Easter eggs and hidden jokes in Python

Despite being a serious language, Python is full of Easter eggs and hidden references to persons and the language itself. Below are a few commonly found around forums.

Braces instead of white-space indentation

Python is designed to use white-space for indentation. The braces library were supposed to change this and bring back C-style indentation. Honestly I would love it, but as of now this is what Python returns.

Hidden poetry

Introduced in PEP20. This poem by Tim Peters, called The Zen of Python, a collection of 20 software principles that influences the design of Python.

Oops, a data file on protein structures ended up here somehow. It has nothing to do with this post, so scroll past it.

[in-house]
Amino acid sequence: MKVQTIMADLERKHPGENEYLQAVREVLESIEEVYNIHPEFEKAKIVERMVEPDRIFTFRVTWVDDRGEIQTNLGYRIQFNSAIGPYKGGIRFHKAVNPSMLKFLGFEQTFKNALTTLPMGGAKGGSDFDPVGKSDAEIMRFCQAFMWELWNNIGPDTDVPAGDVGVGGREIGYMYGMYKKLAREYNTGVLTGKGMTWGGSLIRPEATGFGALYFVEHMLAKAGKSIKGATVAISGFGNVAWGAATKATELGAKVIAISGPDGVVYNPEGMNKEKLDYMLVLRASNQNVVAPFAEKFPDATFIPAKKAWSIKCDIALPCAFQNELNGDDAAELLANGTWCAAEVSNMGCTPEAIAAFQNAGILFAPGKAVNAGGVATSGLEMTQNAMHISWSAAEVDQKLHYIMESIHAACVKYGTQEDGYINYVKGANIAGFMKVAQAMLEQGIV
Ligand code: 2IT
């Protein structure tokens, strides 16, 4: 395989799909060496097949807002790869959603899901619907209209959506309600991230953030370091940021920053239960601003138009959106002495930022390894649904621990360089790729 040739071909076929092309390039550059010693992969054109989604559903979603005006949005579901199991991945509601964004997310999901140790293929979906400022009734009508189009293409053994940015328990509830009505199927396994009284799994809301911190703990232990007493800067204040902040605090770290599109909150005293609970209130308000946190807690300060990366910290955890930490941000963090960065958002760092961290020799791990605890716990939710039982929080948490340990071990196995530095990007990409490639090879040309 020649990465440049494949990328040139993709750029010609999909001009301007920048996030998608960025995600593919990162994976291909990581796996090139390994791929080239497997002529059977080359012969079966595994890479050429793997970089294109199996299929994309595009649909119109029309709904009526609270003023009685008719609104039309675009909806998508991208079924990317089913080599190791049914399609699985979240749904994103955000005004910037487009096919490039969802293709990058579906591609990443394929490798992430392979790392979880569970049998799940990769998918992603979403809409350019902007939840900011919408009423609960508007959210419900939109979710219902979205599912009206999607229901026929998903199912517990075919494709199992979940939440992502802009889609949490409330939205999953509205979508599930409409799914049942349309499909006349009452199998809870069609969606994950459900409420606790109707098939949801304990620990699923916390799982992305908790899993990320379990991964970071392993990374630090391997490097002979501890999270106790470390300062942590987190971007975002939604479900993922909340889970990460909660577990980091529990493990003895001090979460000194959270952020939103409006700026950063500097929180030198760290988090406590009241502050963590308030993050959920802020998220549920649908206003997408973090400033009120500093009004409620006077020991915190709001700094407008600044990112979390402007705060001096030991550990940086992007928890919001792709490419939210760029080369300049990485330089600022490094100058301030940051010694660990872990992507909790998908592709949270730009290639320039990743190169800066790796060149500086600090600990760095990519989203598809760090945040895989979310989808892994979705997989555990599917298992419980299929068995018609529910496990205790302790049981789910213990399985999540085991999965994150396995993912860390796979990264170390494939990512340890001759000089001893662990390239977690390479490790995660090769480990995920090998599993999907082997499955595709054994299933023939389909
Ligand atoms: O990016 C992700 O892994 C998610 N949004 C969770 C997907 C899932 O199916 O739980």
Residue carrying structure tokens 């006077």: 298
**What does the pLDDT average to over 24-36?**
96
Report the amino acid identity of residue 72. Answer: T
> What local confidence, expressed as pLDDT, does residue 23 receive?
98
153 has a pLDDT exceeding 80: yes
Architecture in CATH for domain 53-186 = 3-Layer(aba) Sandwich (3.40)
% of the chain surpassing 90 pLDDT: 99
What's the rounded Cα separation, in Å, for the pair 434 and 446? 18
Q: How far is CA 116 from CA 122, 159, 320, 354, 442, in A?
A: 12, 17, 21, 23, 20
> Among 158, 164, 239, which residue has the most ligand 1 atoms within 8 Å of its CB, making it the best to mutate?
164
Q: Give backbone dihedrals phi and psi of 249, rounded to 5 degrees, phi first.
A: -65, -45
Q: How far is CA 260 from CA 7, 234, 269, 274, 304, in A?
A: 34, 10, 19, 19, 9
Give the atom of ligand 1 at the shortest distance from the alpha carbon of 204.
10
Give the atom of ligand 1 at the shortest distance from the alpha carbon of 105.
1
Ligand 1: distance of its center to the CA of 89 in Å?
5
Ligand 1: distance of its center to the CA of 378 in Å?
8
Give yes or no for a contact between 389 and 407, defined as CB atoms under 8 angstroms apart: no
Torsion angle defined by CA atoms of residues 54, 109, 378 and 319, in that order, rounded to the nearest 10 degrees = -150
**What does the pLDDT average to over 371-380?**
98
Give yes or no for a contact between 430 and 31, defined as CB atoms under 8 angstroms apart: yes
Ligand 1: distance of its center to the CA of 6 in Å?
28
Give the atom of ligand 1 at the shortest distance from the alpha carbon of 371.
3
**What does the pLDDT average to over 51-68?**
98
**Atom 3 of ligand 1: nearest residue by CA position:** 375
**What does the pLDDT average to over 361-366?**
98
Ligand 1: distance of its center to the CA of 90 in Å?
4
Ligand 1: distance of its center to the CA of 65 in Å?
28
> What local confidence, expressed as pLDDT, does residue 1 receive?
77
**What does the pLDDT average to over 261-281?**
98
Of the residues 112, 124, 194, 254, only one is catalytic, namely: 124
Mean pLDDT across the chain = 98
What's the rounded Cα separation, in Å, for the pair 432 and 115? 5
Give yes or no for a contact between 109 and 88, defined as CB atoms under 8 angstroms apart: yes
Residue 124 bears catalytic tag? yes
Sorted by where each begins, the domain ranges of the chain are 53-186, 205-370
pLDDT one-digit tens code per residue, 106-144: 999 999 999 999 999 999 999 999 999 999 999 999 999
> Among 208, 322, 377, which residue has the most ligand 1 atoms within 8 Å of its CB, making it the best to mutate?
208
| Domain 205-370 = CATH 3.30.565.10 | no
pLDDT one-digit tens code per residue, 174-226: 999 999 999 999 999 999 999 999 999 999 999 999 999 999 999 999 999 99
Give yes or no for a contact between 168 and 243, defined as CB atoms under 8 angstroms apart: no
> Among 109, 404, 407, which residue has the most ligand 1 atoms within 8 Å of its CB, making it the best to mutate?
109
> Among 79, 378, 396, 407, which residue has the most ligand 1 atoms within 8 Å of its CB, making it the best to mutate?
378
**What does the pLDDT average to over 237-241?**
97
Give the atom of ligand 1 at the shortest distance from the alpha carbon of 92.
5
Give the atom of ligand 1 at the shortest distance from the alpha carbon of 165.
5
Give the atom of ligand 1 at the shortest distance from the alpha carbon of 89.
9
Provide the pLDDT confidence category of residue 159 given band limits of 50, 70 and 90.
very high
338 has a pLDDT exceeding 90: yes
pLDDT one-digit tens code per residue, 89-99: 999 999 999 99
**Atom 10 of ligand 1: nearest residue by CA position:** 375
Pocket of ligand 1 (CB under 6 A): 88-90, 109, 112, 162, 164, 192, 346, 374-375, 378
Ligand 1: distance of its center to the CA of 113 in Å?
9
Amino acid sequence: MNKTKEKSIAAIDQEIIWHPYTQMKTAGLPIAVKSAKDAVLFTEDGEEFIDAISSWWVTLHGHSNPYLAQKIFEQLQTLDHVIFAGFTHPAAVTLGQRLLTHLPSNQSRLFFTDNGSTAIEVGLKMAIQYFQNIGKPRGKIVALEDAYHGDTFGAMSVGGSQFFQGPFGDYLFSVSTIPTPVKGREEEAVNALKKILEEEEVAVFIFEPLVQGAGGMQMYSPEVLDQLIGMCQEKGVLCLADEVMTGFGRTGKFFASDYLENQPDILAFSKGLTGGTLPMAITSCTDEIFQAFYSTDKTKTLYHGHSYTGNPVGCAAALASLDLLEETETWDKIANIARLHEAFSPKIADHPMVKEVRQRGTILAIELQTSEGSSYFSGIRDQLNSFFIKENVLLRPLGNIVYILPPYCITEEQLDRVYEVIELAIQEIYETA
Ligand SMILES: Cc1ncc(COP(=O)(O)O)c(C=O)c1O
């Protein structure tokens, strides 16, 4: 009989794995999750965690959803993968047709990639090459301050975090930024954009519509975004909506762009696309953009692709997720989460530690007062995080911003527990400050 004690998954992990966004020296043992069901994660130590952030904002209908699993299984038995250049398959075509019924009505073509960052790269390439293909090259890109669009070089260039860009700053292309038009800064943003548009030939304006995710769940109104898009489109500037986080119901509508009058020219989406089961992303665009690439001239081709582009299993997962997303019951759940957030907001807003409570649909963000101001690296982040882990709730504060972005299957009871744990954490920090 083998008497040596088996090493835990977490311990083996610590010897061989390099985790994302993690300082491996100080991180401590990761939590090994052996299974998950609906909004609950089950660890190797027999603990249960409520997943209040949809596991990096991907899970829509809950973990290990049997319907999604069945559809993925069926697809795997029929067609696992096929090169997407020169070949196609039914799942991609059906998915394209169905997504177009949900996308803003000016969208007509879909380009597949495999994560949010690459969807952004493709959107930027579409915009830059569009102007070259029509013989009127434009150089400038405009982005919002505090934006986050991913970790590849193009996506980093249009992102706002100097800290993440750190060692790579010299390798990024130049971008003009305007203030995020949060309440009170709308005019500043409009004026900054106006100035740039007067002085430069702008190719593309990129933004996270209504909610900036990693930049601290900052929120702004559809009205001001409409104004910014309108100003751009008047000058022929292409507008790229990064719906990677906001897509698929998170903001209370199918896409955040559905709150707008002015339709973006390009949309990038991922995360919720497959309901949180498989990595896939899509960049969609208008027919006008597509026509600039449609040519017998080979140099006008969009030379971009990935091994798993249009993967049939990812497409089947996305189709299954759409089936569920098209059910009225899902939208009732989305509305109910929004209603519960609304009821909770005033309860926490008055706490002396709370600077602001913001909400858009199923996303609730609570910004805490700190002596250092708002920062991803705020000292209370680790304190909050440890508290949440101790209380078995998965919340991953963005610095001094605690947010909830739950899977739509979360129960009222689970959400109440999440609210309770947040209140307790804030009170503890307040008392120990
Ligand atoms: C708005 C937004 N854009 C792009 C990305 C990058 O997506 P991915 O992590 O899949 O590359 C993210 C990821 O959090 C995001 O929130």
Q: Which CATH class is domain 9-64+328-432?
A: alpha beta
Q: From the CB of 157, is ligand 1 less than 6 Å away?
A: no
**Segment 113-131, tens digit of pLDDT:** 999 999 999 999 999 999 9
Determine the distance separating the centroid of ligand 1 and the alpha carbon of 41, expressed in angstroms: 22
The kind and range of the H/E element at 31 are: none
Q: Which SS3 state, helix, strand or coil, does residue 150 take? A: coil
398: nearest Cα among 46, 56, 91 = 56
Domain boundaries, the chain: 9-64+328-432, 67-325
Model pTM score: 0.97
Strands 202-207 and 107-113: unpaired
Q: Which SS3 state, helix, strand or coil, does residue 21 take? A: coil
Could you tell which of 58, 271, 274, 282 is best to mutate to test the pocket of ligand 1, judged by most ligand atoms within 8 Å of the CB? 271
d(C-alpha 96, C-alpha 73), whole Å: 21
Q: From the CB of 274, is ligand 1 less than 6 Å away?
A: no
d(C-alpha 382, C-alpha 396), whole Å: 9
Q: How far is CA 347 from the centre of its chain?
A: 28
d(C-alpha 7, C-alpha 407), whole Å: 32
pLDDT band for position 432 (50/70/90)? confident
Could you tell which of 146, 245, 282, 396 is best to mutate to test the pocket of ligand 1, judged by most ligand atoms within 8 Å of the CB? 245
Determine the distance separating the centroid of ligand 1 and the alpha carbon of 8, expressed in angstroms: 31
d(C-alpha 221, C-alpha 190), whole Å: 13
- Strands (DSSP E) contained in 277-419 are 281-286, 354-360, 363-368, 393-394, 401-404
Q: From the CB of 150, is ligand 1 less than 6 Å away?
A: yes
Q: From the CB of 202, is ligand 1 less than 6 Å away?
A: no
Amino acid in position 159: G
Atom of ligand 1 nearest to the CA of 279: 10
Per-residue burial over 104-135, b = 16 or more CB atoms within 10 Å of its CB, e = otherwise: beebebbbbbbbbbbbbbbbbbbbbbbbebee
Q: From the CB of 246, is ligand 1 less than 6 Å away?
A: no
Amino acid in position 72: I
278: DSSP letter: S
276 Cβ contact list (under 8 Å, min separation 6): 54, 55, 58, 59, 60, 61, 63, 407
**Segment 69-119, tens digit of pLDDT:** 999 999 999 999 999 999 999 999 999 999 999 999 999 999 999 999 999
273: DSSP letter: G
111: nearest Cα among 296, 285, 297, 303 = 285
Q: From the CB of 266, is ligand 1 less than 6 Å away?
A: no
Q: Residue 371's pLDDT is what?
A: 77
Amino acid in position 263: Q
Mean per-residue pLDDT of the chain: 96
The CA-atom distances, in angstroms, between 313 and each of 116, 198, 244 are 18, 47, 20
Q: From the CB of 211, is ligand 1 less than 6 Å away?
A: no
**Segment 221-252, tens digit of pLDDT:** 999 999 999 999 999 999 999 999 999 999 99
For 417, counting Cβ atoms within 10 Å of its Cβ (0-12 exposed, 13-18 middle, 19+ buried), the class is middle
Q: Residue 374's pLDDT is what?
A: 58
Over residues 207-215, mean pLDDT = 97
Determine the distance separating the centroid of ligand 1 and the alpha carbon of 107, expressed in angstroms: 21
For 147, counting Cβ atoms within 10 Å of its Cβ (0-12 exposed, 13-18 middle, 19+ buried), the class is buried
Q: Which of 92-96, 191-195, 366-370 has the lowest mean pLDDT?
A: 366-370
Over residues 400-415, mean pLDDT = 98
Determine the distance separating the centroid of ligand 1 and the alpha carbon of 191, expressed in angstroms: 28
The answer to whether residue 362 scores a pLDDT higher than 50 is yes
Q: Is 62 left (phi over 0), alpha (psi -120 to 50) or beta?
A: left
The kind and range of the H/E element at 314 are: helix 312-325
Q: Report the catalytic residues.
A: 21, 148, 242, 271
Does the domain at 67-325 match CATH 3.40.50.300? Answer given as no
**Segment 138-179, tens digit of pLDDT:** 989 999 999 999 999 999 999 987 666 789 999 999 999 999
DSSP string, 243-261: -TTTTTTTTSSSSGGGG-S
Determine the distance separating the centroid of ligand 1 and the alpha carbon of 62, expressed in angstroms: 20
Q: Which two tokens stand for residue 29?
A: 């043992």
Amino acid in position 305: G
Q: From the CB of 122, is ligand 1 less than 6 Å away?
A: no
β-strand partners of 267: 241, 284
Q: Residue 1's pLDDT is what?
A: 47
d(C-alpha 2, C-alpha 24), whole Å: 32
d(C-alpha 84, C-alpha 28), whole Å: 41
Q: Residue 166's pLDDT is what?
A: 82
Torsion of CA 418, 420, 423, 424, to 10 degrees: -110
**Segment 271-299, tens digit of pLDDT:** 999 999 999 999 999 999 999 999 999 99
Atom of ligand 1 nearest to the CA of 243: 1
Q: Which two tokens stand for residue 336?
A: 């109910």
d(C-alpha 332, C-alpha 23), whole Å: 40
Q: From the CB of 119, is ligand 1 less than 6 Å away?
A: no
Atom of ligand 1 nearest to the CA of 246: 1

Obfuscation of a poetry

This is how the this.py module referenced in the above ‘Hidden Poetry’ Easter-egg looks. The code that unobfuscates it is at the end.


This Easter-egg in Python is the antigravity one, which redirects to a xkcd strip.

BDFL Retirement

Released as a April fool joke in reference to the retirement of Guido van Rossum, aka BDFLPEP401 – one of the official acts was to reinstate the <> comparison operator which existed in Python 2 and was removed in Python 3. Guido’s successor was chosen as Barry Warsaw, affectionately known as Uncle Barry – Friendly Language Uncle For Life (FLUFL).